Kameelah Janan Rasheed is a learner from East Palo Alto, CA.

She lives and works between Berlin, Johannesburg, and Brooklyn.

Kameelah Janan Rasheed is a learner from East Palo Alto, CA.

She lives and works between Berlin, Johannesburg, and Brooklyn.


I believe in multipathways and a sort of choose your own adventure experience with websites. I am deeply inspired by the webdesign poetics of Chia Amisola as well as Octavia Estelle Butler’s invitation to primitive hypertext.

You can explore my work by chronology(1).

You can explore my work by form(2).

You can explore my work by chance(3).

1. This chronology applies to the public presentation of the work, not the sprawling and non-linear interior and sometimes immaterial research processes. The dates exist for bureacratic clarity, but are not intended to signal the beginning or end of a process. For example, a work marked “2023” means certain ideas concretized for public engagement, but much came before that moment and much will come after. I imagine my work as a series of networks or even call-and-response, where I may call in 2002, but may not have the material and immaterial wisdom to respond until years later.
2. I have divided my work into the sections below not because I believe in the distinctions between these practices; they leak into one another. I did this as I oscillate between modes of legibility as an artist. Sometimes, people are invested in the wandering. In other cases, directness is desired.

The registers in my practice  leak into one another. I want to offer leakiness as a liberatory technology--leakiness or the porous boundaries between rituals (syncretism); leakiness or the porous boundaries between bodies of text (intertextuality); leakiness or the porous boundaries between modes of communication (across language systems, across substrates, across species, across disciplines, across temporalities). Leakiness is a politics of intimacy: an invitation to wander and wade in the wet; to touch and make anew what has not been made solid; to [un]know and [un]learn; to return to the scene of presumed certainty for revision. Leakiness is a kind of interdisciplinarity, or a yearning to move, to be alive in many ways - to be without the grasp of a body of knowledge or a narrative arc. It is to be imminent in ways that exceed the predictability of a singular discipline.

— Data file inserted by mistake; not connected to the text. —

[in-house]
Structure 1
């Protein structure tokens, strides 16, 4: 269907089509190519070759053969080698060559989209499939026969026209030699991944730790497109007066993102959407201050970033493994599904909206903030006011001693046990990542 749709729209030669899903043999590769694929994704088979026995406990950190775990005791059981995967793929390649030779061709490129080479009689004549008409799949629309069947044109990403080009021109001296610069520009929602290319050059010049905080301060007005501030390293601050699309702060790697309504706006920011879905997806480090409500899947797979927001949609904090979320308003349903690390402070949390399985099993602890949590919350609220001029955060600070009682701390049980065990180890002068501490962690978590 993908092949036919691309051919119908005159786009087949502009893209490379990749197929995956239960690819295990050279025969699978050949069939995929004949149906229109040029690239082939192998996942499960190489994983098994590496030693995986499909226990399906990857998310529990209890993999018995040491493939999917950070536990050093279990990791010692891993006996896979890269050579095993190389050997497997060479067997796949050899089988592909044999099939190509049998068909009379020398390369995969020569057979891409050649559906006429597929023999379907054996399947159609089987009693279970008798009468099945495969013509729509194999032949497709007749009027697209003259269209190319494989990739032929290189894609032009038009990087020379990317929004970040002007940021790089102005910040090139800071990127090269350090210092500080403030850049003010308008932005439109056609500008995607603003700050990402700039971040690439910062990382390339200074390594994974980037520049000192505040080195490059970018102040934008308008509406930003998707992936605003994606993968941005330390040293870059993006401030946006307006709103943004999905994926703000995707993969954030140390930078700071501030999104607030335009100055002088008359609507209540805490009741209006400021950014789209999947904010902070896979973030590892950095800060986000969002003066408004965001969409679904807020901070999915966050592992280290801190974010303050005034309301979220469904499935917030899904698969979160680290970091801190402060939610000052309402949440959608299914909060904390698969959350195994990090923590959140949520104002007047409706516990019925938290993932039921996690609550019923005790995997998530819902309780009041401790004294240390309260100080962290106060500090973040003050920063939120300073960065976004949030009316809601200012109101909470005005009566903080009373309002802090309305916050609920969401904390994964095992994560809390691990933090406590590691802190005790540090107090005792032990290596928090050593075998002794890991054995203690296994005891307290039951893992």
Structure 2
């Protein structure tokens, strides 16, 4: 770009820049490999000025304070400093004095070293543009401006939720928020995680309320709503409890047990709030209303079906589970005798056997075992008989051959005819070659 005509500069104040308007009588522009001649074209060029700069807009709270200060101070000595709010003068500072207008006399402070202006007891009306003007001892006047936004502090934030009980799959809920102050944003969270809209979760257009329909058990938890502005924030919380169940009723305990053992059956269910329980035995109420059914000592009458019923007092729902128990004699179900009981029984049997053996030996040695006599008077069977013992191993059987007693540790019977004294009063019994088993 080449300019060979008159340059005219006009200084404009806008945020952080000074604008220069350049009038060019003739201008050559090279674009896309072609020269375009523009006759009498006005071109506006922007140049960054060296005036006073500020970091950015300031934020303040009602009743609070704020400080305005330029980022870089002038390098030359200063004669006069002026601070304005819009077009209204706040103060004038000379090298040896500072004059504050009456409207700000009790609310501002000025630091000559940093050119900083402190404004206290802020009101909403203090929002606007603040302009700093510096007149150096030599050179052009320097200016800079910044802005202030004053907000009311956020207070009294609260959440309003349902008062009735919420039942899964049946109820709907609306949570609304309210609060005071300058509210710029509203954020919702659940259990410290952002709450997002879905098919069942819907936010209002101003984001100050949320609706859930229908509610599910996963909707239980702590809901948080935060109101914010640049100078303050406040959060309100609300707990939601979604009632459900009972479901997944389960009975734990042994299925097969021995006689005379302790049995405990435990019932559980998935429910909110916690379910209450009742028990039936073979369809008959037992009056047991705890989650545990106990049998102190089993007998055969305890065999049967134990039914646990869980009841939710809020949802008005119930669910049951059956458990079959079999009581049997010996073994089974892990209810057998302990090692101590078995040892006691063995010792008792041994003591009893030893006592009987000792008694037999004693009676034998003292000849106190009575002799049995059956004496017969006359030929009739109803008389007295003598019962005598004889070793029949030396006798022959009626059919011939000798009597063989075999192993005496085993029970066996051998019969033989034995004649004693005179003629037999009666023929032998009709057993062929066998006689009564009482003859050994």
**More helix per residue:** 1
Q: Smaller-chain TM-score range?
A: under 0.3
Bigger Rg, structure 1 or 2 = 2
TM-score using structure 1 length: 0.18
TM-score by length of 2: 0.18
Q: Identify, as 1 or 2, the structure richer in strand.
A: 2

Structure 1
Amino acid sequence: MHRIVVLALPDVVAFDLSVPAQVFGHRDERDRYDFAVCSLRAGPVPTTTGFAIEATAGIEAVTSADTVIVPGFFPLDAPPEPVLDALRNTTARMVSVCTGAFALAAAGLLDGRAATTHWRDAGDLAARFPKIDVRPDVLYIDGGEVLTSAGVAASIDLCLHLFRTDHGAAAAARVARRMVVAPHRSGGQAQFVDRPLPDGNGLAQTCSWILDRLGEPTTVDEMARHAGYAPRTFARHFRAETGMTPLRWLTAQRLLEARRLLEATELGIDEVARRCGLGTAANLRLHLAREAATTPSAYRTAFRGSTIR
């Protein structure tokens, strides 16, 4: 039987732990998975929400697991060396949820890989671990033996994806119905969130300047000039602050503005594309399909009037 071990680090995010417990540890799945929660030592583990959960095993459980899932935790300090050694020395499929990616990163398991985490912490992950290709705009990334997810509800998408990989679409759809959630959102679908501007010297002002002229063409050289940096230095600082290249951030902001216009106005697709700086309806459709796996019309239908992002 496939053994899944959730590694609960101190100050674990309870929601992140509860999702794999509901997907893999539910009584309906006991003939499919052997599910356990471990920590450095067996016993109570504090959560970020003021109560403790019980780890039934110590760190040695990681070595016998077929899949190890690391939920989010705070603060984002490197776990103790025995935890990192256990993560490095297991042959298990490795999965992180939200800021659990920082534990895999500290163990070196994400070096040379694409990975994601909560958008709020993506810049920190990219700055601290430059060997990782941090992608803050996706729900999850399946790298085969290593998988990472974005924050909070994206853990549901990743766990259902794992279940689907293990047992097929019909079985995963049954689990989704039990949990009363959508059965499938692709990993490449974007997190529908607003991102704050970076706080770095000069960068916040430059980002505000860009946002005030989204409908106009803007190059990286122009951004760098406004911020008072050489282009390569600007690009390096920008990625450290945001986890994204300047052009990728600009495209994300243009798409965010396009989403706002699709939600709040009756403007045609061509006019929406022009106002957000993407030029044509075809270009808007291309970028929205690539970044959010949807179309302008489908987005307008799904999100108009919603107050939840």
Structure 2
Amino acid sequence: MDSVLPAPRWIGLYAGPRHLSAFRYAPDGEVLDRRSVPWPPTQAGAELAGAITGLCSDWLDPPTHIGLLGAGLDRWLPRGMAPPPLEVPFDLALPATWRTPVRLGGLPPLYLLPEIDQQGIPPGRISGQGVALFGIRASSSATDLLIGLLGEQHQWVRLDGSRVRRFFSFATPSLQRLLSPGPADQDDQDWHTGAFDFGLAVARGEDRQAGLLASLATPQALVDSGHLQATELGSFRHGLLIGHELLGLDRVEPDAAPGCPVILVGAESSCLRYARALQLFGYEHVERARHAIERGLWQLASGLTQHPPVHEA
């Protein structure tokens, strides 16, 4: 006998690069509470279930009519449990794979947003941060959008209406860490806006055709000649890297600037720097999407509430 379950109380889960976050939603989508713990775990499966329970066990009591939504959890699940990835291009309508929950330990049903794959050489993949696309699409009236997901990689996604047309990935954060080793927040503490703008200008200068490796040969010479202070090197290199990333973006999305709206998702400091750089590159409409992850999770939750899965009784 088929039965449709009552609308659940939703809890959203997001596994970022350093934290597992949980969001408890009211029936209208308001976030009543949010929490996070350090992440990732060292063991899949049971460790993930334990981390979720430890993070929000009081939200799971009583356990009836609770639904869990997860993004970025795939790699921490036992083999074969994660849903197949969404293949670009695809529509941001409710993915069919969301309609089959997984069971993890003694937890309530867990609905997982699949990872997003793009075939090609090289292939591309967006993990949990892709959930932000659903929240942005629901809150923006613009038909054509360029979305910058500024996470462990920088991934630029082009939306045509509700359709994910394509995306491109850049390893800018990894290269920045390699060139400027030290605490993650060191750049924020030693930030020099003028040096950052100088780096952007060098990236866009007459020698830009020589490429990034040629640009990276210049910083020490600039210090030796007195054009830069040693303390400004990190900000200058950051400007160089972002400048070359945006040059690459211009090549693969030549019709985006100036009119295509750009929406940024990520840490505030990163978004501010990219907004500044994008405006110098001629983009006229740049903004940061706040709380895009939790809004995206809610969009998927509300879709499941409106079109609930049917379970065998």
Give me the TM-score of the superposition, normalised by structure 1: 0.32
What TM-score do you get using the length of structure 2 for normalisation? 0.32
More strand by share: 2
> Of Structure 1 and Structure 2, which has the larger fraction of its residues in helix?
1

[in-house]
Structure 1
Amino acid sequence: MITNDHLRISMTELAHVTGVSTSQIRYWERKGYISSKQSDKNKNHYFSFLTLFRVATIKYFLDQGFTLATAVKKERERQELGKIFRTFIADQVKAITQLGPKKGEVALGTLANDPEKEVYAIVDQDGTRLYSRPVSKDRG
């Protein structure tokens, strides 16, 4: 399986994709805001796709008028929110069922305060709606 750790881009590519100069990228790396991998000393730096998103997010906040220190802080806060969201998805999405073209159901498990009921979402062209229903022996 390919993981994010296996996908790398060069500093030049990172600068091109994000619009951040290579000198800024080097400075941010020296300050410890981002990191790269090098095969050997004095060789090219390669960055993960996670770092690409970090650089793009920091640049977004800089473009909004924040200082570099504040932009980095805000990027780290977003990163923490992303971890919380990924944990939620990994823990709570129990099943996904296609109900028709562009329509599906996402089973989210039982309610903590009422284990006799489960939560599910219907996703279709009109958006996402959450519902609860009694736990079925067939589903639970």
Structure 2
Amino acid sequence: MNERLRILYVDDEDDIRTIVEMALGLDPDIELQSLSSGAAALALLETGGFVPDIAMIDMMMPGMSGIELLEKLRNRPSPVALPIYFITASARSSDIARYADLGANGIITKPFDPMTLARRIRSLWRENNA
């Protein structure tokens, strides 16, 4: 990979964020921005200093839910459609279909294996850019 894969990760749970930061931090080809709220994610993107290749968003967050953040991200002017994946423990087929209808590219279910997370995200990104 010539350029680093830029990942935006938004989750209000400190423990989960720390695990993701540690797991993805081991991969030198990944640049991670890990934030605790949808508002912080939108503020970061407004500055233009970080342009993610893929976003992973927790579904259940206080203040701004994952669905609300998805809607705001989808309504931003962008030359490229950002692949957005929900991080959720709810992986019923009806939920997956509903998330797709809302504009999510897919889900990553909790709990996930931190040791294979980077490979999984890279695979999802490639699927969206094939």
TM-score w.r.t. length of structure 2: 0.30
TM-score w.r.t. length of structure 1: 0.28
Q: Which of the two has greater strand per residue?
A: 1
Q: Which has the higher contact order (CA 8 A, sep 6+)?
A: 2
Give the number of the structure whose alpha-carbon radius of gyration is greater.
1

In Dub: Finding Ceremony (2020), Alexis Pauline Gumbs reminds us of a conversation Sylvia Wynter has with Katherine Mckittrick:

This “alternative challenge” Wynter’s mentions here is what I am interested in. The challenge of telling a story of my ancestors in Northern California as a story of physics, invasive species, music, and more...and for this story to not be a sociological study, but something else unto itself. I often joke about genre fugitivity.

But genre fugitivity does not get to all of this. It is more about the challenge Wynter puts in front of us. This challenge brings me to Jeunes Chercheurs (1972) where Roland Barthes offers us this:
Barthes is only saying what McKittrick has said in Diachronic loops/deadweight tonnage/bad made measure (2015).

Yes, “relational knowledges.” Relational knowledges that give us space to read laterally across disciplines and canons. Reading laterally to build networks between ways of knowing that have been long forbidden as kindred narratives, or nurture what Octavia Estelle Butler called “primitive hypertext”.

3. This is powered by just a little bit of javascript. Much of my work is rooted in aleatoric activities.

︎ See my project SmooOOoOoooooOooth Operator: the eternal outlays ennoble and rekindle an unlikely savior (2022-23)

︎ See my presentation for the Computer Mouse Conference: Algorithmic Music Composition Using Approximate Mouse Coordinates (2021)

︎ See my project for the Brooklyn Public Library: Scoring the Stacks (2019)


All content © Kameelah Janan Rasheed 1991-2023.
Please do not reproduce any of the content on this site without the expressed written consent of Kameelah Janan Rasheed.